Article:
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"Pro-environmental nations experience better economic outcomes on several measures, controlling for other factors, than nations with lax environmental policies."
May 19, 2007 11:36 AM   Subscribe

Environmentalism, globalization and national economies, 1980-2000 [Schofer and Granados in Social Forces, Dec 06] Triple-punch! (1) "We find no impact of environmentalism on foreign investment and trade. Firms and investment do not appear to be fleeing countries with strong environmental standards." (2) "While it is common to assume that environmentalism targets industry, the agricultural sector may be [negatively] affected more significantly." (2) "[S]ociologists influenced by world-system theory [posit that] the relationship between environmentalism and growth could be spurious: environmentalism does not cause growth, but rather coincides with the economic success of core nations. However, broader results do not support this."
posted by Firas (6 comments total) 5 users marked this as a favorite

 
Yes, it's a journal article, but it's a quick read. I'm not convinced that environmental regulation actually boosts economic growth (sounds too counter-intuitive) but their data demonstrates pretty clearly that, empirically speaking, at least it doesn't seem to have had negative effects.

Interestingly enough, their argument that environmentalism causes economic realignment towards efficiency in general (despite short-term troubles in industries during the readjustment period) and their neo-institutionalist claim that the world system changes to align in environmentalism's favour sounds exactly like—a free-trade argument! Suggests to me that the effects of globalization reward both capitalism and regulatory schemes, even though proponents of the two concepts may be sworn adversaries.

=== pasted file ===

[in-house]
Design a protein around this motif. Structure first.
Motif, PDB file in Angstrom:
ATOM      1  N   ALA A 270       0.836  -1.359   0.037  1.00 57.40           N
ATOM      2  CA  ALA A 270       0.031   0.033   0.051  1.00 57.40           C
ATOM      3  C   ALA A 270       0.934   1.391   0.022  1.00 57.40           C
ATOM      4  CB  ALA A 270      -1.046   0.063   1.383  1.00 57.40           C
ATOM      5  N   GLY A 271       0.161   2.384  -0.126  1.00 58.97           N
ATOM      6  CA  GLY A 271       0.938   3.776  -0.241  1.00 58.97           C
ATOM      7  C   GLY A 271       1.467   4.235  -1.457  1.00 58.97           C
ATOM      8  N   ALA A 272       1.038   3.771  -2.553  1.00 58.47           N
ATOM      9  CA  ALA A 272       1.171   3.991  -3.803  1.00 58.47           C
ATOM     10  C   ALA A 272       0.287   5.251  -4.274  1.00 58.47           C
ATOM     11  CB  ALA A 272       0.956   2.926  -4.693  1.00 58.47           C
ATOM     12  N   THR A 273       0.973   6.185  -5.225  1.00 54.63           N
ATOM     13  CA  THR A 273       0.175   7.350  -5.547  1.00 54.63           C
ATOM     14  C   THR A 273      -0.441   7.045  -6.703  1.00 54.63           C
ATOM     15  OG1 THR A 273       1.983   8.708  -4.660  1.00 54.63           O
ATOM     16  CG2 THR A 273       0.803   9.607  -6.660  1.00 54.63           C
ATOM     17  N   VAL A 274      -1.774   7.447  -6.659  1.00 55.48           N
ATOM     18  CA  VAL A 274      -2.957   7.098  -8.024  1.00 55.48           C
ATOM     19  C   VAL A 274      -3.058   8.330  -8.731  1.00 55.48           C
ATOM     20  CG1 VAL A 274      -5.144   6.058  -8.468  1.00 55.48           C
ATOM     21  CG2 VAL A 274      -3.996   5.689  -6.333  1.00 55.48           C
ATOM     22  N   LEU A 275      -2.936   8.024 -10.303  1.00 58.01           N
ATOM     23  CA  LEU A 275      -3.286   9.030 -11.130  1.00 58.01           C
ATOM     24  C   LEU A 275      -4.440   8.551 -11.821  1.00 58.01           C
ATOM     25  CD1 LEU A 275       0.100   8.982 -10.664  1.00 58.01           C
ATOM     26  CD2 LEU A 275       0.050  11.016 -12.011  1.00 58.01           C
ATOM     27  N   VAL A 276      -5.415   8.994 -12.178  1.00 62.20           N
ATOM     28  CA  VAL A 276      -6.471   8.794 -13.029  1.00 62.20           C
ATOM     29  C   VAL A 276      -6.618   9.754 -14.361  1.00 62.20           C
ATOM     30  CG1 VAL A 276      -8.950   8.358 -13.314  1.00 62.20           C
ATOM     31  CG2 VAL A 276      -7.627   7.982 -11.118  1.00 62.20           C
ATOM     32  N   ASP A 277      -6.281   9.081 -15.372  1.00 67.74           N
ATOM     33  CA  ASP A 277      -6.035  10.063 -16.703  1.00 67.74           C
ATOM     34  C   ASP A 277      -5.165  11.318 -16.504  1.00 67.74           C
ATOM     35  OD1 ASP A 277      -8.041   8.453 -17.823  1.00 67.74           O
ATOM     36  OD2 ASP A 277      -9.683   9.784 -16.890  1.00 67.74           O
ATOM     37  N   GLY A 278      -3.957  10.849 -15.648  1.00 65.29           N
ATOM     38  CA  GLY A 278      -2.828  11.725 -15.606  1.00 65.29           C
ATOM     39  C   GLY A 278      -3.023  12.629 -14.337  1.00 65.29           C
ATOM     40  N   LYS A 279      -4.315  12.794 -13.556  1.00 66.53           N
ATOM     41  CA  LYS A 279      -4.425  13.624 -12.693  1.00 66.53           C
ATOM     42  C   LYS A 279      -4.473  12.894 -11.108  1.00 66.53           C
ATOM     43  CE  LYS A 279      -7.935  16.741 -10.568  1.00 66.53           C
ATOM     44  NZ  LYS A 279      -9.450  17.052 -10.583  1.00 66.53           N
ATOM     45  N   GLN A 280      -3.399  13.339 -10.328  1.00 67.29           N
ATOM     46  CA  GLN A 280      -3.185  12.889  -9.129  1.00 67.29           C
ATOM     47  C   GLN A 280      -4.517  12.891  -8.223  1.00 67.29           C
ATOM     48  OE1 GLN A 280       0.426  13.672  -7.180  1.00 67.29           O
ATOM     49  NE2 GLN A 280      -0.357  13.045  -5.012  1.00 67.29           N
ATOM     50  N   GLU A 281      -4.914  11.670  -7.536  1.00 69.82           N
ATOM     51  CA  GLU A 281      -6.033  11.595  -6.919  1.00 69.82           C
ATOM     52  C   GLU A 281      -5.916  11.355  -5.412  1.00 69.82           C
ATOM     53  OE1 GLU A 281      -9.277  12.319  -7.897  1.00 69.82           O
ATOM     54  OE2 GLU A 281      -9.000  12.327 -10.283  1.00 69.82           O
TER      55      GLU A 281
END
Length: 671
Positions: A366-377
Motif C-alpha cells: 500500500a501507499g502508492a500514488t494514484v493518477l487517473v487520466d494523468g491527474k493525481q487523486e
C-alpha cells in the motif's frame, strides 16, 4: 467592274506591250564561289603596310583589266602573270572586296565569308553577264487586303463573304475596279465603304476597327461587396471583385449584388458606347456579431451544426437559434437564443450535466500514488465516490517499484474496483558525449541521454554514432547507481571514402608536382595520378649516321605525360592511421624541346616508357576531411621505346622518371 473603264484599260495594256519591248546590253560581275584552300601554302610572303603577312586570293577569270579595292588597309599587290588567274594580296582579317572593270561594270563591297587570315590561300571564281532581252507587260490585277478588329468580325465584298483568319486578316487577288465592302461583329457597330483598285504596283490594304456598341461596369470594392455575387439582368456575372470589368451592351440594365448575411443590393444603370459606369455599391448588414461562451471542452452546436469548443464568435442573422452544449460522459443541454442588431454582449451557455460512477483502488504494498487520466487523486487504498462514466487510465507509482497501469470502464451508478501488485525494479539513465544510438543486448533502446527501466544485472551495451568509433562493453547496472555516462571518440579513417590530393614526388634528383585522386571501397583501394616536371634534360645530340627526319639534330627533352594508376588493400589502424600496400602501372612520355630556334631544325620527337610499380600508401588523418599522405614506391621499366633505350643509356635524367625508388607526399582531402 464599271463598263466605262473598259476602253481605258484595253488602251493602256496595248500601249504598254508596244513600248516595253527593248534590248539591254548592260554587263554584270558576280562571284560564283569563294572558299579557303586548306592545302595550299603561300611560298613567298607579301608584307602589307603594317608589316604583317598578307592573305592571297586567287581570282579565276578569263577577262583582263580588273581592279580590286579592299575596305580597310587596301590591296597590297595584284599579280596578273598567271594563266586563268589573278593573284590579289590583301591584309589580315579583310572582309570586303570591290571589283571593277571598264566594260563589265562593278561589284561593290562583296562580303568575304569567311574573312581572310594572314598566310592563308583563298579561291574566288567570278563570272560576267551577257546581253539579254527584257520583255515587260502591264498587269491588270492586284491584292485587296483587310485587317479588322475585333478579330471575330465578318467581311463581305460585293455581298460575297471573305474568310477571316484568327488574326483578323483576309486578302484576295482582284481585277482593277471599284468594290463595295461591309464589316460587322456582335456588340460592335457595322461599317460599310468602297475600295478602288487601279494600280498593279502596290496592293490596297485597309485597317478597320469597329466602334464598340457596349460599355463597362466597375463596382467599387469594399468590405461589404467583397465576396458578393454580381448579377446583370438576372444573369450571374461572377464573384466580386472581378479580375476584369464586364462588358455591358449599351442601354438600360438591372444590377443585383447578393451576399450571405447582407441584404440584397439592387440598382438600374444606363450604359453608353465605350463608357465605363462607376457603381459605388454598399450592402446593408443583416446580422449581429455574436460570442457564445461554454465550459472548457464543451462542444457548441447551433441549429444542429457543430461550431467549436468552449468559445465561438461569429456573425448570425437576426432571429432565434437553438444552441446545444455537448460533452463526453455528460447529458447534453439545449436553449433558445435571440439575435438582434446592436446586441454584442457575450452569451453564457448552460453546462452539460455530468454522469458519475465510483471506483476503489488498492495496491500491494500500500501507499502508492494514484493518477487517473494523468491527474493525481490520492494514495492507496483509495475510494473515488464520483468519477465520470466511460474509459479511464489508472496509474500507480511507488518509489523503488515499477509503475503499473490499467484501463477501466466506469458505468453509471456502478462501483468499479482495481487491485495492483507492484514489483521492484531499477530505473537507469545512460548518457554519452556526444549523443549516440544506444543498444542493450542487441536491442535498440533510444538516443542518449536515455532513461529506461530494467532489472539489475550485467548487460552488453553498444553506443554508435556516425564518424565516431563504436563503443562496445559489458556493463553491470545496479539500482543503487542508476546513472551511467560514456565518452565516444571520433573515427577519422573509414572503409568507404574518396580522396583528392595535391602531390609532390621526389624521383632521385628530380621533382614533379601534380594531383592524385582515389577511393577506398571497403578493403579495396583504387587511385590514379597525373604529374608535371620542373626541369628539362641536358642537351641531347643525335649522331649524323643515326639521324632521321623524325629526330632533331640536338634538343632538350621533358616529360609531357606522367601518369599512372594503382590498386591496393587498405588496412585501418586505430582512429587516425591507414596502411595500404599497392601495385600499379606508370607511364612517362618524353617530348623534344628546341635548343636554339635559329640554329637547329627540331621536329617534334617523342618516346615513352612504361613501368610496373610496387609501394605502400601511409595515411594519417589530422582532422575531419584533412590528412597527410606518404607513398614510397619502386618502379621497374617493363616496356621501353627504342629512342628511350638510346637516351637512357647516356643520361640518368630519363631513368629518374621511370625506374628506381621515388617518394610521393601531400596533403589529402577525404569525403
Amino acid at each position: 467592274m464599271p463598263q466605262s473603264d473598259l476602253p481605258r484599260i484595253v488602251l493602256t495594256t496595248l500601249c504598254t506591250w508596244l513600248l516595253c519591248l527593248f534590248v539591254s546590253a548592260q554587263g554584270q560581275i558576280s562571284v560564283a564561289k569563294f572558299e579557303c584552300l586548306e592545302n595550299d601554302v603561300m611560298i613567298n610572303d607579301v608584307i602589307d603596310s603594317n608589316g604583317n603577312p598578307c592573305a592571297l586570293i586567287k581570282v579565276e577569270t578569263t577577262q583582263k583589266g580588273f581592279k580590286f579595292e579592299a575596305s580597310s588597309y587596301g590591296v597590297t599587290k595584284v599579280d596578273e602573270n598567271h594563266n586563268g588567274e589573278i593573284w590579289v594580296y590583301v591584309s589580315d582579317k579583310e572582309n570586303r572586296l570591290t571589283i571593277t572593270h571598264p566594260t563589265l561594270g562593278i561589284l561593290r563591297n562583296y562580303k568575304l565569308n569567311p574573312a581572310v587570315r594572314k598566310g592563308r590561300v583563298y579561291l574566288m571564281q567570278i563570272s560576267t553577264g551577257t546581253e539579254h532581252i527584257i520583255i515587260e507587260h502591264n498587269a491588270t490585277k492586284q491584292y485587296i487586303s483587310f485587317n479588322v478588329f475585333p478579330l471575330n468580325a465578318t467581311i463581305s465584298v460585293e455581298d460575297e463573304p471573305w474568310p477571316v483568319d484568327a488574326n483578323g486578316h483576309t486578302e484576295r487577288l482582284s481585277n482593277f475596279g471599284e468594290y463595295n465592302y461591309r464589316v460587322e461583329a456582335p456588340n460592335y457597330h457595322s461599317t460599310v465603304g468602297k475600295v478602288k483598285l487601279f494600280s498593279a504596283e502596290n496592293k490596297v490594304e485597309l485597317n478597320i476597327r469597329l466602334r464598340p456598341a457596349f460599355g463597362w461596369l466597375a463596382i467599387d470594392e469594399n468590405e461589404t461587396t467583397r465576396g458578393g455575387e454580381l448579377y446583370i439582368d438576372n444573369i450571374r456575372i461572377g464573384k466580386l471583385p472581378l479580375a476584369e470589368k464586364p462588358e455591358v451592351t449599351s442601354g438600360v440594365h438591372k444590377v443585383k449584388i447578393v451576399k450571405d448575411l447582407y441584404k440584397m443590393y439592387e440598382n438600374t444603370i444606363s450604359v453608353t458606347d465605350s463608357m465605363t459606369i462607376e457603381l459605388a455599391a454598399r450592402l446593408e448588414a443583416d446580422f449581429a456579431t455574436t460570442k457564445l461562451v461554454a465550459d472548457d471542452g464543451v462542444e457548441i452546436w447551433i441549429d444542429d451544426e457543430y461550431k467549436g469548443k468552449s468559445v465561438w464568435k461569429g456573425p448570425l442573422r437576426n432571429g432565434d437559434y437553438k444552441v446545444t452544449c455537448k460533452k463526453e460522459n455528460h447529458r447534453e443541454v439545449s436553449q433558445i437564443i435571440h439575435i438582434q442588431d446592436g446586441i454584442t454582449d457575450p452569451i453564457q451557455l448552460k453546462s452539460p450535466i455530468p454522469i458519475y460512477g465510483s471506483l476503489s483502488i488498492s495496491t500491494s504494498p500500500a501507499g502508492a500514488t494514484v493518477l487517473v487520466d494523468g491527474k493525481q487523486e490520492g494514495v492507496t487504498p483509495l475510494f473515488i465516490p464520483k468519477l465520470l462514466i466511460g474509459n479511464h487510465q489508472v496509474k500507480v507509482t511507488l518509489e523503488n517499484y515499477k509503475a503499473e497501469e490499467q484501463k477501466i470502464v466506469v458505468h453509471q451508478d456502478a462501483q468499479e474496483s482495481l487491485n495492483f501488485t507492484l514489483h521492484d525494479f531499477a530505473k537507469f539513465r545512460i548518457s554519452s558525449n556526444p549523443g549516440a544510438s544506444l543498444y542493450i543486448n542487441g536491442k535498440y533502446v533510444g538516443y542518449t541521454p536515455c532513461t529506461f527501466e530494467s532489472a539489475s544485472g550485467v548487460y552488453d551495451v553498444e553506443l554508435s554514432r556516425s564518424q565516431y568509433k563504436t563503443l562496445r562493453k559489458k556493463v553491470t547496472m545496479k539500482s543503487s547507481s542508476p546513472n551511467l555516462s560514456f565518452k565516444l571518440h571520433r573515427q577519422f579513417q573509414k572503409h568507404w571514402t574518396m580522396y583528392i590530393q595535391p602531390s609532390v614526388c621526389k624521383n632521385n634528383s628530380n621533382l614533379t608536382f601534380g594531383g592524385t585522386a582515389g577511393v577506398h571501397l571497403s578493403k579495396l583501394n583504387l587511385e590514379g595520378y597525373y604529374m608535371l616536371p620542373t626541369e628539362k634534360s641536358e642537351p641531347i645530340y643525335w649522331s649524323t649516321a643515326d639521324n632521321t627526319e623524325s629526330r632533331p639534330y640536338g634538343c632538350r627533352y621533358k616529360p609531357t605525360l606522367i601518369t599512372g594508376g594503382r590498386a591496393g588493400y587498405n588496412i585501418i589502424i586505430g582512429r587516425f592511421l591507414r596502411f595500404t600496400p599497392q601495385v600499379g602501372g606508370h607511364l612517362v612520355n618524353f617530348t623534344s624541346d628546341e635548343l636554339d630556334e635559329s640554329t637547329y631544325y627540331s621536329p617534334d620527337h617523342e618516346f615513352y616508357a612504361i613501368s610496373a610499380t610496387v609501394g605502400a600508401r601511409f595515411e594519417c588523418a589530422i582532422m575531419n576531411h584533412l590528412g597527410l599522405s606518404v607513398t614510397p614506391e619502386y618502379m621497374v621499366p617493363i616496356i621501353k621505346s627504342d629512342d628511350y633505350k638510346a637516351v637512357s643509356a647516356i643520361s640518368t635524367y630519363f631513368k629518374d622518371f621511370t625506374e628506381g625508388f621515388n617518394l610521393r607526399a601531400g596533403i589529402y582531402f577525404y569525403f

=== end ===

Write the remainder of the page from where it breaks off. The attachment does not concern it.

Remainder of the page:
posted by Firas at 11:37 AM on May 19, 2007 [1 favorite]


This book was recommended to me by an anti-globalization professor of anthropology... James Ferguson: Global Shadows: Africa in the Neoliberal World Order
posted by acro at 11:44 AM on May 19, 2007


I may have jumped the gun on posting this, it all looks so dry written out on the blue like that :( I just found it really exciting.
posted by Firas at 11:47 AM on May 19, 2007 [1 favorite]


Fascinating stuff, Firas, thanks for the link.
posted by teece at 12:12 PM on May 19, 2007


acro, I dunno… I'll confess to being a hardcore liberal internationalist so my biases are clear (so I posit not that Africa is immune to neoliberal theory but that things are working out and shall continue to do so) but even if you're not a globalizer, isn't "African exceptionalism" sort of icky itself? I know absolutely nothing about anthropology so I'll give the author the benefit of the doubt, but basically, the work seems to be an answer to people who have no explanation for why Africa is "different" thus avoid talking about it, but I'm not sure that there is a large contingent of people out there who really think that Africa is in some way 'fundamentally different' when it comes to globalization. The book seems to be written from a contrarian angle so it does look like it's worth checking out.
posted by Firas at 12:32 PM on May 19, 2007 [1 favorite]


I haven't read it either, but 'exceptionalism' is the meme of the day... Russian, Chinese, American, Western, Israeli ...

Africa has been treated with skepticism by the west for a long time, due to religious, political, racial bias, that the current expansion of Chinese business into the continent calls for this kind of reexamination.
posted by acro at 12:41 PM on May 19, 2007


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